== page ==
Tom Smart, Deseret News
"Spanning the globe to bring you the constant variety of sports — the thrill of victory, and the agony of defeat — the human drama of athletic competition."
Jim McKay could have been speaking of the Utah-BYU rivalry. More specifically, the last decade of games that were riveting, some simply breathtaking.
After Saturday, they'll play in Provo next September then it goes away for a couple years. But I'm not really optimistic it's coming back. Utah doesn't seem interested in continuing the rivalry, and I can't really blame the Utes. Conventional wisdom dictates that they focus their energies on their Pac-12 opponents. BYU requires more energy than they seem willing to expend. Heck, they weren't supposed to have any trouble with Utah State, but they did.
So BYU finds itself in the precarious position of needing the Utah game more than Utah needs it. Utah has already dictated terms of the relationship, moving their games to September to accommodate Utah's difficult conference schedule in November. Utah athletic director Chris Hill has already said next year's game has to be in the "fourth week" of September, but BYU already has Boise State that week. We'll know how badly BYU needs Utah by how they respond. Frankly, I'd tell Utah to go pound sand. If it was any other team, I'd consider it, but it's Boise State, with whom BYU has games scheduled through 2023. There's your new rivals, Cougar Nation. Get used to it. Utah is the homecoming queen who has a date every weekend and it's becoming unseemly to keep leaving messages for a night out with no response. Let's move on. Besides, now that Boise State is headed to the Big East, the Broncos may not have any use for BYU either in year three or four of that 10-year deal, so better to nurture that relationship while the ink is still drying.
Everything is in a state of flux. Notre Dame is headed to the ACC without football, or so it seems. But come on, who's kidding whom? As part of the deal, the Irish agreed to play five ACC opponents every year. Suddenly, BYU's future games with the Irish don't feel so certain, do they? All that's certain is that Notre Dame will keep its non-conference games with Stanford and USC, but other traditional regional foes like Purdue, Michigan and Michigan State — not so much. And if those teams with such a long and storied history with Notre Dame are on shaky ground, what think ye of BYU? Realistically, I don't see it.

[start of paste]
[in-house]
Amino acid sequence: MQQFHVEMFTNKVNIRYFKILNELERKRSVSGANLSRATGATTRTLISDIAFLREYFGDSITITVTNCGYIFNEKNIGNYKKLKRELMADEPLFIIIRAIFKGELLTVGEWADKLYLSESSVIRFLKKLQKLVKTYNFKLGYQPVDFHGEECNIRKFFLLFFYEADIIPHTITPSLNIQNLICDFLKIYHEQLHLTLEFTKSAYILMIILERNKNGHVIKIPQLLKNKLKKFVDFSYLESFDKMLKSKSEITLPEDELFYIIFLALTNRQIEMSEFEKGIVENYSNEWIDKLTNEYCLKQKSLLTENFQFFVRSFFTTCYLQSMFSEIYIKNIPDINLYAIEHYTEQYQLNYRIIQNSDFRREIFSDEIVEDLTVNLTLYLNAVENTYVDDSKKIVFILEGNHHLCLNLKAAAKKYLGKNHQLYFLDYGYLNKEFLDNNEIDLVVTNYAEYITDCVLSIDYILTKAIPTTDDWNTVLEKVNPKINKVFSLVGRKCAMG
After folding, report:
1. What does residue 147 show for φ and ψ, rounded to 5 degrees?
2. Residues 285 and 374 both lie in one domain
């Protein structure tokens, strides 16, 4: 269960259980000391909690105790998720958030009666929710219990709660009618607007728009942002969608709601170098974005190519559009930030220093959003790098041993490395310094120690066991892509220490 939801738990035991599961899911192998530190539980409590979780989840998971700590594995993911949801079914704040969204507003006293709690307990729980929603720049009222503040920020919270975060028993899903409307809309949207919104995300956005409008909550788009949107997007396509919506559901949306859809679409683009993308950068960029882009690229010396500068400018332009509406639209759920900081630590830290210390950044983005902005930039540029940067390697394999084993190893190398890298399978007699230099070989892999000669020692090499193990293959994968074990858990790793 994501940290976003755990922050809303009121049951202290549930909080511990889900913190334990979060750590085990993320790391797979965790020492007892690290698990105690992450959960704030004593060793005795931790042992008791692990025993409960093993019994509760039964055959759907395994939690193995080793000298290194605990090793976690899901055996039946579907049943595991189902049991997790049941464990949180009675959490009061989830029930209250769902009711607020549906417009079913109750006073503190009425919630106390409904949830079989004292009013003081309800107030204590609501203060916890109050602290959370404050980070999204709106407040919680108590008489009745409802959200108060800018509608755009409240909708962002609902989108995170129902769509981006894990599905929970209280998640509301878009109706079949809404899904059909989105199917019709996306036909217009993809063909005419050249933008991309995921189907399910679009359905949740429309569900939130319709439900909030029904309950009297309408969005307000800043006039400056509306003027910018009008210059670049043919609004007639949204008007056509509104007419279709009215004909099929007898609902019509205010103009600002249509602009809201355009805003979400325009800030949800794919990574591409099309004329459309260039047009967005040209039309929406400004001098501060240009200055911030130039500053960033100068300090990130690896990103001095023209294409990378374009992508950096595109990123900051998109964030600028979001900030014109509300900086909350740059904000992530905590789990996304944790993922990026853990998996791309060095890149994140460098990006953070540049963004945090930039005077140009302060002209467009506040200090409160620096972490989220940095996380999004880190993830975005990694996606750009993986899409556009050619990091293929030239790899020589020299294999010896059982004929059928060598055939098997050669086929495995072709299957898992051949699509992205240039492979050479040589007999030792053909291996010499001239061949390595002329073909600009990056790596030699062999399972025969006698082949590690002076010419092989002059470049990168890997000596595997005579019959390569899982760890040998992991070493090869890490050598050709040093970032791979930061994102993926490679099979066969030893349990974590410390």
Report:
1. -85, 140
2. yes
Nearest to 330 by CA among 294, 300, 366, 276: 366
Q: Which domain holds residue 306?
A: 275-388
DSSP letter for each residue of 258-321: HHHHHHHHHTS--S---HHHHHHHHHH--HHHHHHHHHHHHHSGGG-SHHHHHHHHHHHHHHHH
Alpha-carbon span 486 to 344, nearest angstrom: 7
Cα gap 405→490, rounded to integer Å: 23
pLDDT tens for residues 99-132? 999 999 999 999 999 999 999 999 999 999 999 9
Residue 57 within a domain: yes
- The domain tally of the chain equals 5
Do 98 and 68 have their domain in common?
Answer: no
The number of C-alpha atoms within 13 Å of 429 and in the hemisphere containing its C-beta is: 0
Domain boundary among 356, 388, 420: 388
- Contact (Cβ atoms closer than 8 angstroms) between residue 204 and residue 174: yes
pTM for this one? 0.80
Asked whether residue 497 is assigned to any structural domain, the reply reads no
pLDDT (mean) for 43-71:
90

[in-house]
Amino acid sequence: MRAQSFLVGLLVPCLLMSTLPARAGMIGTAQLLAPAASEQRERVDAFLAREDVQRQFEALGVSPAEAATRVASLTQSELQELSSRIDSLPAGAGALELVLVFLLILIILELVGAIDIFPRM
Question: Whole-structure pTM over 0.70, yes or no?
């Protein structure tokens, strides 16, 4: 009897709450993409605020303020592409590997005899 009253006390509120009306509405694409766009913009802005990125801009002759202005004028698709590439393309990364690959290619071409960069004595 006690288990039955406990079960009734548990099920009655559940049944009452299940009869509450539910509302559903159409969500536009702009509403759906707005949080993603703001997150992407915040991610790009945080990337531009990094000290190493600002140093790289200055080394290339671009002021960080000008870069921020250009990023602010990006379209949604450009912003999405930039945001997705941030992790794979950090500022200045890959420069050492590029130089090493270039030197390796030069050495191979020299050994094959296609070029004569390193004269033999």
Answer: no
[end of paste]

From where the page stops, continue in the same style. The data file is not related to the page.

Which brings me back to Utah.
I love the rivalry. Love the games. Loved playing in it, loved the hype, loved the excitement and anxiety of rivalry week.
However, over time, its slowly changed for me. I've grown increasingly uneasy about the nature of the rivalry. I'm sure it has always been heated, and heaven and talk radio in Utah knows I've stirred the pot with some good-natured banter over the years. But my perspective changed, and being older, I know both coaches, their staffs and many of the kids on both sides.
Kyle Whittingham asked me to speak to his team during fall camp. I've spoken to BYU's team on many occasions, and Joe DuPaix invited me to speak to his running backs this summer but it didn't work out because of my schedule, but I will. At his behest, I had an hourlong meeting with Bronco Mendenhall while in Provo in August, and while we don't see eye-to-eye on some things, we are good friends. He welcomes my presence and influence around the program, even if we don't always agree. I respect that. I visited my nephew who plays at the University of Washington in June, met with all of the Huskies' Polynesian kids and spoke to them. Former BYU offensive coordinator Robert Anae invited me to speak to the University of Arizona players, who have a large contingent of LDS and Polynesian kids, but I haven't made it to Tucson. I'm an equal opportunity speaker — admittedly, I make a special effort if they're Polynesian and/or LDS. For obvious reasons, I have a vested interest in them.
It's no secret that it's our common history, proximity and LDS membership that pervades the BYU-Utah game. Which is why it seemed so fitting that last Sunday, as I watched via satellite Elder Jeffrey R. Holland of the Quorum of Twelve, speaking to young single adults in a worldwide televised fireside from the Dixie State College campus in St. George, he happened to share an illuminating story.
A young man playing basketball at a Utah university transferred to an out-of-state school for more playing time. He became a star at his new school and, later, he returned to face his old school at the Delta Center in Salt Lake City. Sadly, what happened to him was almost predictable.
"The vitriolic abuse that poured out of the stands on the head of this young man that night, a Latter-day Saint, returned missionary, newlywed, who paid his tithing, served in the elders quorum, gave charitable service to the youth in his community, and waited excitedly for a new baby to come to him and his wife" should not have happened to anyone, Elder Holland remarked.
"But here is the worst part. The coach of this visiting team, something of a legend in the profession, turned to him and said, 'What is going on here? You are the hometown boy who made good. These are your people. These are your friends. … Aren't most of these people members of your church?"
Rebuked for their boorish behavior, one young fan responded, "We pay good money to see these games. We can act the way we want. We check our religion at the door."
Elder Holland then taught: "Lesson number one for the establishment of Zion in the 21st century: You never 'check your religion at the door.' Not ever. My young friends, that kind of discipleship cannot be ?— it isn't discipleship at all."
If it's not too late, at my age, I'm more interested in being a disciple than a partisan fan.
And while I'm guilty of doing it before, I'm not checking my religion at the door.
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